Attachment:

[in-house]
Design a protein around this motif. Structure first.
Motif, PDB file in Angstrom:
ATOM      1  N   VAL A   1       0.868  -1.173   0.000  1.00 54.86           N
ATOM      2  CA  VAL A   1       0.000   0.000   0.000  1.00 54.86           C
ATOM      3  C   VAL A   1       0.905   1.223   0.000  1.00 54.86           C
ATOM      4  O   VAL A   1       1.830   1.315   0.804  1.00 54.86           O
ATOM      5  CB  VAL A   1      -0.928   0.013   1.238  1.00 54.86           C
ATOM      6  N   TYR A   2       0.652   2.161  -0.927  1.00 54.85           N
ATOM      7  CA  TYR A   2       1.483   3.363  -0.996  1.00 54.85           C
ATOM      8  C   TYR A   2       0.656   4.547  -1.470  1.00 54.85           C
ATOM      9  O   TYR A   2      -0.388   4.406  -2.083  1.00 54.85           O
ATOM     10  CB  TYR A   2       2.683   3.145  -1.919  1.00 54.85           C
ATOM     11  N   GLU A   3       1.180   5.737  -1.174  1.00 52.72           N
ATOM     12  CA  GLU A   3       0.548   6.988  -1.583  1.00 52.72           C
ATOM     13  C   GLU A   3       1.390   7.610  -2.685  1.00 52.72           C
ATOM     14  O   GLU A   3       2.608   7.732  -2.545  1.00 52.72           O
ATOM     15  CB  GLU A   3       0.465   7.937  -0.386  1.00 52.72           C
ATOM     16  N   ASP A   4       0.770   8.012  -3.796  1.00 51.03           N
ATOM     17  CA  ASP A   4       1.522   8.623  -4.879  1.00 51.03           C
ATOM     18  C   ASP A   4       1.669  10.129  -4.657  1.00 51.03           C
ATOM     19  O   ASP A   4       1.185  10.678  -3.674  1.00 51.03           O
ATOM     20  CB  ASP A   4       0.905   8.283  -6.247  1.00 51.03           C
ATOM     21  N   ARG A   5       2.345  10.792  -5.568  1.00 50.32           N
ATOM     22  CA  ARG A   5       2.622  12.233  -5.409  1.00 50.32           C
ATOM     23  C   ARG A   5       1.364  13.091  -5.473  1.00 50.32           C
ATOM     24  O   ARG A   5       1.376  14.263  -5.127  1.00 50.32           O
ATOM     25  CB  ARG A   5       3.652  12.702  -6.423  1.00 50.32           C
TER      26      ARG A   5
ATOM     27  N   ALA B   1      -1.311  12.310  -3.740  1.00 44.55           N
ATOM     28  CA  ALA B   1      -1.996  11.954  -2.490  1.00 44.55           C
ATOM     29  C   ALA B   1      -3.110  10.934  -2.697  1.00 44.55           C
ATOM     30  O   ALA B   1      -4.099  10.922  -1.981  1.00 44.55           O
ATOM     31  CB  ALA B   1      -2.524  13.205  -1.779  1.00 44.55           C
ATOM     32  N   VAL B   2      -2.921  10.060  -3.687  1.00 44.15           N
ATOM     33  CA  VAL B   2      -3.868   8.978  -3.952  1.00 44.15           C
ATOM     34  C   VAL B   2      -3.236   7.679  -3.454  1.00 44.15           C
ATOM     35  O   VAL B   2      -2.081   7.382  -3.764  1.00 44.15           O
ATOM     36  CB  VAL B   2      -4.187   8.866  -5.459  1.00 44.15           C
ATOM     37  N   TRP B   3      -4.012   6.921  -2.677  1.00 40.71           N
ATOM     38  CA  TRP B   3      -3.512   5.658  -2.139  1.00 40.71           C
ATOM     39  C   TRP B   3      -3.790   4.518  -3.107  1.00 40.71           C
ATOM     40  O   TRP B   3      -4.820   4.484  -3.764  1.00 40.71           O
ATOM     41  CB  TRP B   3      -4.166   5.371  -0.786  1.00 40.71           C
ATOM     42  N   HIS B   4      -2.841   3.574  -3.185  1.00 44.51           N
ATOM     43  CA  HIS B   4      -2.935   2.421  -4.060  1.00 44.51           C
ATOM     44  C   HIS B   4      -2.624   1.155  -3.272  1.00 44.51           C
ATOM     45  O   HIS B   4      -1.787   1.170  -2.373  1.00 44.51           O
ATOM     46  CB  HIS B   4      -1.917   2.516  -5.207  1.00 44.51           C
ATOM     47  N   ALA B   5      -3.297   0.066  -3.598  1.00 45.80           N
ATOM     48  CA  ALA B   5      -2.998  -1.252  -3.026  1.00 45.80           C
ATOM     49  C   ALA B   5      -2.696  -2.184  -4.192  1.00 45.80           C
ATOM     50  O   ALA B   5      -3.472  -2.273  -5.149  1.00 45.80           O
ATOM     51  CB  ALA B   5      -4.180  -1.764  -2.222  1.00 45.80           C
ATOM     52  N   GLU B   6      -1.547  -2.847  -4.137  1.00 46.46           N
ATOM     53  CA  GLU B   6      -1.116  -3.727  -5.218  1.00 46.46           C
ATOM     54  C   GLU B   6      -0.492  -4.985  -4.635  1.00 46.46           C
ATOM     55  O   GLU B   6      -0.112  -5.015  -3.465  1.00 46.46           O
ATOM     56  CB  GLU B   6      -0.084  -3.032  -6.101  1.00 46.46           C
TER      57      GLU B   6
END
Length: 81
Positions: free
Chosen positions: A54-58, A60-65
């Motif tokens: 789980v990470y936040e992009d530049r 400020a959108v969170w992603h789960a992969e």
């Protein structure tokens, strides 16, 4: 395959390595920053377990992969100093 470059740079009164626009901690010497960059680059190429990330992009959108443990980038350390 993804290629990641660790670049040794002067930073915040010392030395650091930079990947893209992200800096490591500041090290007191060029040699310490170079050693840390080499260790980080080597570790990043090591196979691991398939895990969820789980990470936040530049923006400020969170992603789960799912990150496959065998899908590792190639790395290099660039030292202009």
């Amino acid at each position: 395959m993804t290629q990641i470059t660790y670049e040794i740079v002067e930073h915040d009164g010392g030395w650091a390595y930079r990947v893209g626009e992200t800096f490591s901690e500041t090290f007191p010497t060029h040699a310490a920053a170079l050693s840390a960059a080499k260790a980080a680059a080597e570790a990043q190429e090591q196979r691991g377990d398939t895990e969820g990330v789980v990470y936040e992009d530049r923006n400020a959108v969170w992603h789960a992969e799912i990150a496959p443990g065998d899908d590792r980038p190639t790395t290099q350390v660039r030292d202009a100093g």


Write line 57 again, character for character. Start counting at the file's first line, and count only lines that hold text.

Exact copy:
ATOM     54  C   GLU B   6      -0.492  -4.985  -4.635  1.00 46.46           C